— Stand upright, facing a counter or a sturdy piece of furniture for balance or stability, if needed.

— Standing upright, lift your leg up and out to the side (counting one-two). Do not lean. Let your leg do the work.

— Hold this position for 15 seconds, then lower your leg to the starting position. Repeat as many times as you feel matches your fitness level.

— Repeat on the other side.

Standing Wall Abductor Exercise (Easy)

— Stand upright — keep good posture — with your left shoulder touching a wall. Then bend your left knee.

— Push your bent left knee toward or into the wall without letting your body move.

— You should feel the muscles of both hips work. The muscles of one hip will work to push you against the wall, and the muscles of the other work to keep you in an upright position.

— Hold this position for 15 seconds. Repeat as many times as you feel comfortable for your fitness level.

— Repeat on the other, right side.

Sit-to-Stand Exercise for Quad Strength (Easy)

— Sit on the front half of a stable, heavy chair that will not tip over backward, or place the back of a lighter chair against a wall.

— Stand up using a one-two count.

— Slowly lower yourself back down into a sitting position using a one-two-three-four count. It should take you longer to return to your seated position. Controlled movement is important. Do not plop down onto the seat. Repeat as many times as you can for your fitness level.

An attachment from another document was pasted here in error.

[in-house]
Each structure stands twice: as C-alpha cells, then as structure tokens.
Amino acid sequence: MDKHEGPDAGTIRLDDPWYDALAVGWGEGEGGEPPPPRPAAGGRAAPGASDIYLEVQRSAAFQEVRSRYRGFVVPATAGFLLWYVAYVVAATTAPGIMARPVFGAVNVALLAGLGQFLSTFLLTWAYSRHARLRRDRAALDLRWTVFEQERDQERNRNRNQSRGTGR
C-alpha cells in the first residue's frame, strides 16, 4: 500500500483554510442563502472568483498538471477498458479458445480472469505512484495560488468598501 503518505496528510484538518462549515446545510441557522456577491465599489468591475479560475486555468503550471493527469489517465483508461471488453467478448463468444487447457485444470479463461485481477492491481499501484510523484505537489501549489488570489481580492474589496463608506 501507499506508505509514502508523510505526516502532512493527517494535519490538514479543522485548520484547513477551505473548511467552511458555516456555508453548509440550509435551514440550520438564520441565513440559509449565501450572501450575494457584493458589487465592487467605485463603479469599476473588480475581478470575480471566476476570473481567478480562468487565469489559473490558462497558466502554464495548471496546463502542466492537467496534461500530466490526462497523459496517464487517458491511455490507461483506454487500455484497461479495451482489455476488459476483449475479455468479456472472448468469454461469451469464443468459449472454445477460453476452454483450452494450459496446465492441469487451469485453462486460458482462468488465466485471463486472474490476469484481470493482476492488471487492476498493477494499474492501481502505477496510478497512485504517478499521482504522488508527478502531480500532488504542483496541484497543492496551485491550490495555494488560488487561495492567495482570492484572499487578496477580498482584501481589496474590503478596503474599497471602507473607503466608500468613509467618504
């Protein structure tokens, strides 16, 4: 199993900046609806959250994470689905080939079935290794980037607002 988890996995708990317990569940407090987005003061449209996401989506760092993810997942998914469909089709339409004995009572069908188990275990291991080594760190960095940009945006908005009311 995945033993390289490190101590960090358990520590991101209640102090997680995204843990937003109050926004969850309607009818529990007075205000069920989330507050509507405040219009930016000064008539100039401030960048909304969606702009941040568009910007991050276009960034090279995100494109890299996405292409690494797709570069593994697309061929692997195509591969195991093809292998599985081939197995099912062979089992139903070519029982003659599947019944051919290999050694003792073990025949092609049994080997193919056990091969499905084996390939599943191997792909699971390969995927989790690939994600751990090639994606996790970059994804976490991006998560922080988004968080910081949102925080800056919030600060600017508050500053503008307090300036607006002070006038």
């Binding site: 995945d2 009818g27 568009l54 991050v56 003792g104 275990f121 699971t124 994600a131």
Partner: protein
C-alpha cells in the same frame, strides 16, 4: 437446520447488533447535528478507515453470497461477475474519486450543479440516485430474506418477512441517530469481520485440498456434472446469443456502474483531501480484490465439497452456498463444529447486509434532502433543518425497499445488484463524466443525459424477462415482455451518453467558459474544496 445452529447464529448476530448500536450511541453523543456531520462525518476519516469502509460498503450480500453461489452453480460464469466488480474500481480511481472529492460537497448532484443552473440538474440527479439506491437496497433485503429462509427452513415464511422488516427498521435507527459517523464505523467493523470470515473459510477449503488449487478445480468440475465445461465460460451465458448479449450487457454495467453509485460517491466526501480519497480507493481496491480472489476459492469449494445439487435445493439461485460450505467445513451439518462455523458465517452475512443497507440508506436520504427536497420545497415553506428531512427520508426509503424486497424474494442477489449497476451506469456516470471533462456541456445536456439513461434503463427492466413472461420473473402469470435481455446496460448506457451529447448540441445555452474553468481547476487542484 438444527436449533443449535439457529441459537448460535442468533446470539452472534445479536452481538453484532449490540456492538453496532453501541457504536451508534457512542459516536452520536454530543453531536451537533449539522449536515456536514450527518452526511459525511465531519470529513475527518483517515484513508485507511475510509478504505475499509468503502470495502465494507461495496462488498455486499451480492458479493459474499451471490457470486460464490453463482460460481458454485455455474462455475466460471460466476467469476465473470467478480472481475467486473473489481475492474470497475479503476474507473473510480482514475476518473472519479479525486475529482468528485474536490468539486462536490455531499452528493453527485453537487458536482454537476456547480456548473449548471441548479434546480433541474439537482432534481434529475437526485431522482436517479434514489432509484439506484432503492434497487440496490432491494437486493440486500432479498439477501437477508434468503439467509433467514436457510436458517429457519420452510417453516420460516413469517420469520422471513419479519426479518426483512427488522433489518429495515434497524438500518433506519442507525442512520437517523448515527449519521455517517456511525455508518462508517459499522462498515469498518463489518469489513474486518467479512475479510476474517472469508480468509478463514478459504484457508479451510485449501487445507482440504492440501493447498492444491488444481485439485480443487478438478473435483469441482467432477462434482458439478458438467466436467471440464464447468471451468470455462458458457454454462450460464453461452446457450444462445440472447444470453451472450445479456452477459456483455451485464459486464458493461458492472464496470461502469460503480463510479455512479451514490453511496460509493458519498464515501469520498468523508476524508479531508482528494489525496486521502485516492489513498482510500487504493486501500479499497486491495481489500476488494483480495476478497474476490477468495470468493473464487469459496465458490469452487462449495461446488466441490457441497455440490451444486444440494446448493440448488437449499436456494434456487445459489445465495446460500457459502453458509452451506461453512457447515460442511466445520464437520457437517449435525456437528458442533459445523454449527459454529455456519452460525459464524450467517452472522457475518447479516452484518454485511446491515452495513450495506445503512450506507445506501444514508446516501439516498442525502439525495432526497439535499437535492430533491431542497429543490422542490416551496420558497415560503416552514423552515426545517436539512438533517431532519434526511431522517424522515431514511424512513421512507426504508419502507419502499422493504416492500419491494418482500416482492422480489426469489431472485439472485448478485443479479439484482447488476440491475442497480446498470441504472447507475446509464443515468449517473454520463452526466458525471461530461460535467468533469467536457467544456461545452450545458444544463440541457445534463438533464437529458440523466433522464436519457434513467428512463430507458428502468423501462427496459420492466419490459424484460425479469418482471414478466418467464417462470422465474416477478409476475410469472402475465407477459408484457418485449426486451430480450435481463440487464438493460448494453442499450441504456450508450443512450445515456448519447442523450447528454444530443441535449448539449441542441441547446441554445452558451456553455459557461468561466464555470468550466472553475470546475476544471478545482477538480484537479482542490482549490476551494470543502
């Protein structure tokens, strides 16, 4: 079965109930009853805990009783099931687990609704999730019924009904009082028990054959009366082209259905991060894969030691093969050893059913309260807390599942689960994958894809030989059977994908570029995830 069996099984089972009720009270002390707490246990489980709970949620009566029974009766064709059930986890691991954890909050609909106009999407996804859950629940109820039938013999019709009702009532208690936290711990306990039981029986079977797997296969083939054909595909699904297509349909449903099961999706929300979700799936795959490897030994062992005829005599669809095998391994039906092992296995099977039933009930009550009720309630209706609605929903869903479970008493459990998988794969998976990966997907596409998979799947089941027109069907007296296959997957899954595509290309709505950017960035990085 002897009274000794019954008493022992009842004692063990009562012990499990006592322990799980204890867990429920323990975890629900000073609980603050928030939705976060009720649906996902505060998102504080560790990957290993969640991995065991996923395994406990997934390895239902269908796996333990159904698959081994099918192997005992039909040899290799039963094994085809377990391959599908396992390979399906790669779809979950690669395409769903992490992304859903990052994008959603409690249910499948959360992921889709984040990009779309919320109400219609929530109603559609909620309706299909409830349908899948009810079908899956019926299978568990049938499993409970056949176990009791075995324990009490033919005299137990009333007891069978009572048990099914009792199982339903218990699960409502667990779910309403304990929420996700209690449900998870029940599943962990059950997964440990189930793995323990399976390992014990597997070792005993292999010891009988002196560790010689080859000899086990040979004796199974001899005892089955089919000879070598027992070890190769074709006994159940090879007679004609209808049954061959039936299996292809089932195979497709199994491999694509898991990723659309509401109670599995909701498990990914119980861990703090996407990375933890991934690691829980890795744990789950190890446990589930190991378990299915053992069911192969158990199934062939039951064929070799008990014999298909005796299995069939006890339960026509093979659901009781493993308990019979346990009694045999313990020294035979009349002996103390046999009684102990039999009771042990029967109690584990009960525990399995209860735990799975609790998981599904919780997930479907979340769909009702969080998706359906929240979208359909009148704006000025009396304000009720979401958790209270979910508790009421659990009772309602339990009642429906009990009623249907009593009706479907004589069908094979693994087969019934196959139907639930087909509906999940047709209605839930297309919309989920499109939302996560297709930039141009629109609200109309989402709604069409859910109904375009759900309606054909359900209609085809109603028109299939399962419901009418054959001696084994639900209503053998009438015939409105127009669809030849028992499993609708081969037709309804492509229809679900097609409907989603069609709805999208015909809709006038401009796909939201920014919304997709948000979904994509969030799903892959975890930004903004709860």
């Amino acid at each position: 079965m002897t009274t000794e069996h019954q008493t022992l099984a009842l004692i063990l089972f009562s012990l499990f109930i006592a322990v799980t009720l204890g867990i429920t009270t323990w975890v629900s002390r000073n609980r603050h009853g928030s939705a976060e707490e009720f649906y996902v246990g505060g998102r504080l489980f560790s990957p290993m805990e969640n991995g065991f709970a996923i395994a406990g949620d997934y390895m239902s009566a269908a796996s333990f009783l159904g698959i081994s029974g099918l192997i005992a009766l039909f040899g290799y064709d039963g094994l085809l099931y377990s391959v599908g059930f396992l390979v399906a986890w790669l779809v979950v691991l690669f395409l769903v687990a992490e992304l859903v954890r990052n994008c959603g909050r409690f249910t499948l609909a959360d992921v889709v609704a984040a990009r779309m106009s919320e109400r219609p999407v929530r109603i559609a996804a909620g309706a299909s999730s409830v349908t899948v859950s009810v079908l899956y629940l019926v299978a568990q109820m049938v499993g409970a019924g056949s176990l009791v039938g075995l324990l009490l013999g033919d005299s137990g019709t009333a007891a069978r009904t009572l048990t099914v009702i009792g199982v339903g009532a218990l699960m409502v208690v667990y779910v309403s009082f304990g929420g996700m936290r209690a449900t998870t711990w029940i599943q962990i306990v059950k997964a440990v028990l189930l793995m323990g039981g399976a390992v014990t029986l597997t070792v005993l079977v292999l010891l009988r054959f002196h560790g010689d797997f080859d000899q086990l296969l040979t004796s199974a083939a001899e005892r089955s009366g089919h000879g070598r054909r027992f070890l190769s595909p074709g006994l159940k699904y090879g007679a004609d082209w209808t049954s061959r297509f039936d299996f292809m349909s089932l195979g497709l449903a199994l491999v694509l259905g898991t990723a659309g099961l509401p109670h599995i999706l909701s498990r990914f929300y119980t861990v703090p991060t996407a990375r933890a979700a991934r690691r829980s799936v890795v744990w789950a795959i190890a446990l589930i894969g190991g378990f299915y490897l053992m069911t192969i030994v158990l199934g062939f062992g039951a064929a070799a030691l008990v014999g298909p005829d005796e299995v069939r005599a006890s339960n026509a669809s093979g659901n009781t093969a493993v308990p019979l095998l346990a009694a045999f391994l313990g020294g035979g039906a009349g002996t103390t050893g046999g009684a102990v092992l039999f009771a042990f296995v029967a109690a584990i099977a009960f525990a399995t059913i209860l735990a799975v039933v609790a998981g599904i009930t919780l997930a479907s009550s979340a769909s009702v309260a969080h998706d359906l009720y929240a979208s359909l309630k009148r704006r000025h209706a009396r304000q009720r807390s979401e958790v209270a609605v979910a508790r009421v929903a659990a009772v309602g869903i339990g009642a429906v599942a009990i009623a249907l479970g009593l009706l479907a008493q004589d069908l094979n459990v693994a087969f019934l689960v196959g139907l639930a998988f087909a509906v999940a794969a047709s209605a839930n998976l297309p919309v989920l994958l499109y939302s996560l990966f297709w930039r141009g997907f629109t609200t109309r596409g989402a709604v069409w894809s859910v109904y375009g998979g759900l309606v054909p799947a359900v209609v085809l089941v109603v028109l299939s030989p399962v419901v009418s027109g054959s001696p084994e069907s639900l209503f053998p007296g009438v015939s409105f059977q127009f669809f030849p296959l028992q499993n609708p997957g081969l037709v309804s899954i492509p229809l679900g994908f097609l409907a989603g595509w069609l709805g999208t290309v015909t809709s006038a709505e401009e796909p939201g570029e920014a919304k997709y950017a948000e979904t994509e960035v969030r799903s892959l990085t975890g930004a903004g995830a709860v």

[See: Different Types of Pain, Explained.]

Pelvic Tilts for Abdominal Strength (Easy)

— Lie on your back with your legs straight out in front of you.

— Pull your navel inward and down toward your spine, and flatten or press your lower back against the floor.

— Hold for 15 seconds. Repeat as many times as you feel matches your fitness level.

Side-Lying Leg Lift for Hip Abductors (Advanced)

— Lie on your side with the bottom leg bent. Roll your hips forward about 30 degrees.

— Lift your upper leg slowly to the count of one-two.

— Then, slowly return your leg to the start position with a count of one-two-three-four. Remember that control is important.

— Repeat as many times as you feel matches your fitness level.

Back-Lying Abdominal Exercises (Advanced)

— Lie on your back with your hips and knees bent to 90 degrees and your feet off the floor.

— Pull your navel inward and down toward your spine, and flatten your lower back against the floor.

— Slowly extend your legs out until you feel your pelvis start to rock forward. When you feel this, bring your knees back toward you by about 1/8 to a 1/4 inch.

— Hold this position for 15 seconds, making sure to count out loud, so you do not hold your breath.

— To release, bring your knees toward the chest, then lower your feet to the floor.

— Repeat as many times as you feel matches your fitness level.

More from U.S. News

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Questions to Ask Your Doctor for Nerve Pain

Home Remedies for Muscle Cramps

Exercises for Lower Back Pain originally appeared on usnews.com